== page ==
Some projects perfectly lend themselves to the DIY route: You can change your own car oil, paint your home, maybe even patch up your own roof. But managing your small business finances? Unless you have a background in the subject, this is definitely something you should consider leaving in the hands of an expert.
For a small business owner, your finances are like gas in the car. Money keeps your business running. If you manage your cash flow properly, your business can take you to destinations you’ve always dreamed of: rapidly scaling your business, early retirement, and more.
With so many exciting possibilities, it may come as a surprise that of 1,960 small business owners surveyed by business directory website Manta, 34% have no retirement savings plan in place. Many of these business owners state that they don’t have enough profits to fund their retirement.
If you’re struggling to handle your own finances, a small business financial advisor may be the right solution. While it does cost money to work with a financial advisor, the upfront investment can be worth it to increase your business’s financial health, create a plan for your retirement, and more. In this article, we’ll explore what a small business financial advisor does and how they can potentially help your business.
A small business financial advisor is a professional who will help you maximize the capital that goes into starting and running your business.
The most practical part about managing your business finances is that it keeps your business alive. But you didn’t start a business just to skimp by. You want your business to make a profit, scale, and thrive. Keeping your business finances healthy can help you achieve this.
A list of services a financial advisor can offer for a small business owner include:
A financial advisor can be a useful resource for any business owner. After all, you’ll want the best advice available to you when making decisions about your business finances.
If you’re young with little experience, hiring a financial advisor can be especially helpful. Many businesses fail in their first few years and it’s often due to poor planning and costly mistakes. The expertise of a financial advisor can compensate for your lack of experience. They can help you make sound financial decisions for your business, as well as create a financial plan you can follow for the life of your business.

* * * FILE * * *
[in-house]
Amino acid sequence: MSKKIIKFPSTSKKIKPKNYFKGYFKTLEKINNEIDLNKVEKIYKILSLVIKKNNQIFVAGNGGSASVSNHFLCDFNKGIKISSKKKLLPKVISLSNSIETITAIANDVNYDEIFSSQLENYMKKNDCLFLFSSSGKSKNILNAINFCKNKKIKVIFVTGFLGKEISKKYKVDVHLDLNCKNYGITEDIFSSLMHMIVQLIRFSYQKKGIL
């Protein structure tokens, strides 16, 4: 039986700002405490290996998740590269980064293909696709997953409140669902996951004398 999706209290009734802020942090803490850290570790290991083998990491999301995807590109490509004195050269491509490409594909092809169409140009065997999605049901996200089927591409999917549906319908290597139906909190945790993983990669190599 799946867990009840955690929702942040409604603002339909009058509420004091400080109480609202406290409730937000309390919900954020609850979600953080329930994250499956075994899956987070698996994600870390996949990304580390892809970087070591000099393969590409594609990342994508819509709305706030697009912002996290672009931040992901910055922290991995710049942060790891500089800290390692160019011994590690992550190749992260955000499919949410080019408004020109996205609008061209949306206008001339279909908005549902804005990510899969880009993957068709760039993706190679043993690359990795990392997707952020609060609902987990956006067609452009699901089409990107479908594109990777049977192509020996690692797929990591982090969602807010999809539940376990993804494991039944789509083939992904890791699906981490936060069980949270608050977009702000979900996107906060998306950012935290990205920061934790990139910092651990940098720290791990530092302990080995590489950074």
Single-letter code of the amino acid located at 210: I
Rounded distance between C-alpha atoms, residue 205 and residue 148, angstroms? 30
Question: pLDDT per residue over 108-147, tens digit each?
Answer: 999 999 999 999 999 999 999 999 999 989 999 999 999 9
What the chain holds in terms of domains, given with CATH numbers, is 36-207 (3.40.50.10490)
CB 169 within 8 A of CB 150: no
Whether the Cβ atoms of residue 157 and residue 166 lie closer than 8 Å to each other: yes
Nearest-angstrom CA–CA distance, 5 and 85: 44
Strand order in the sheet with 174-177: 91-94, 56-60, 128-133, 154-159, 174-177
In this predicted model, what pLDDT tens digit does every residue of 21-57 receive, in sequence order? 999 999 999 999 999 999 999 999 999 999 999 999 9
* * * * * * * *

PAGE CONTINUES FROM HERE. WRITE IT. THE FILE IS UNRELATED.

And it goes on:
That said, it’s never too late to consult a small business financial advisor, especially if you’re considering some big changes, like acquiring a new business, passing ownership to someone else in your organization, planning for retirement, and more.
Working with a small business financial advisor can have myriad benefits for both you and your business. Let’s explore some of these further.
As a small business owner, you wear a lot of hats and are constantly switching between them. One minute, you might be researching a new marketing strategy. The next, you may be handling some customer service issues. With so much to do, not everything can get your full attention.
But the last thing you should put on your “I’ll get to it” list is your business finances. Poor bookkeeping, unsound financial decisions, and cash flow “clogs” can negatively affect your business.
That’s where delegating your business finances to an expert comes in handy. While you’re running your business operations, a financial advisor will help keep the capital flowing, as well as help you develop a plan for what to do with that capital.
Many small business owners might not know that they’re overspending in certain areas of their businesses. A small business financial advisor will evaluate your business finances and see where you can cut unnecessary costs.
When you save money, you have more capital to invest back into your business and expand it by:
As we mentioned, you will have to spend money to work with a financial advisor. However, as the saying goes, “you have to spend money to make money.” This business expense should lead to growth down the line.
When you write your business plan, you can have grand ideas about where you want to take your business. Often, these goals can be financially unrealistic and you’ll need an objective perspective if you want to bring your business idea into fruition.
This is where a small business financial advisor comes in. Earlier, we mentioned that capital is like gas in a car. Your business plan is the coordinates you put into your GPS—while the directions are there, you won’t get anywhere if the tank is bone-dry. A financial advisor can help you put gas in the tank so that you can get your business to its end destination.
Some financial advisors will be more involved in the execution of the business, including researching market trends. Some markets are more competitive than others and you’ll need an expert opinion on how your business will fare in such a market.
Market projections, advancing technology, and other factors can affect the growth of your business. You want to ensure your business is financially healthy so you can weather challenges and capitalize on opportunities.
For many business owners, their investments are all wrapped up in their business with the logic that they can later sell their business to fund their retirement. While it’s natural to want to give your business everything you have, this is an unwise investment strategy. A healthy investment portfolio is one that is diversified. A financial advisor can offer personal finance tips and help you choose which investments work best for your unique situation, including when and how you want to retire.
As your business starts generating more revenue, your small business financial advisor can also help you decide how to invest this capital to continue growing your business.
Whether retirement is a long way off or just around the corner, this isn’t the only instance when you should consider what will happen to your business when you’re no longer in charge. While it’s a more difficult conversation to have, you should create a plan for what would happen to your business in the event of your death or disability, known a succession plan.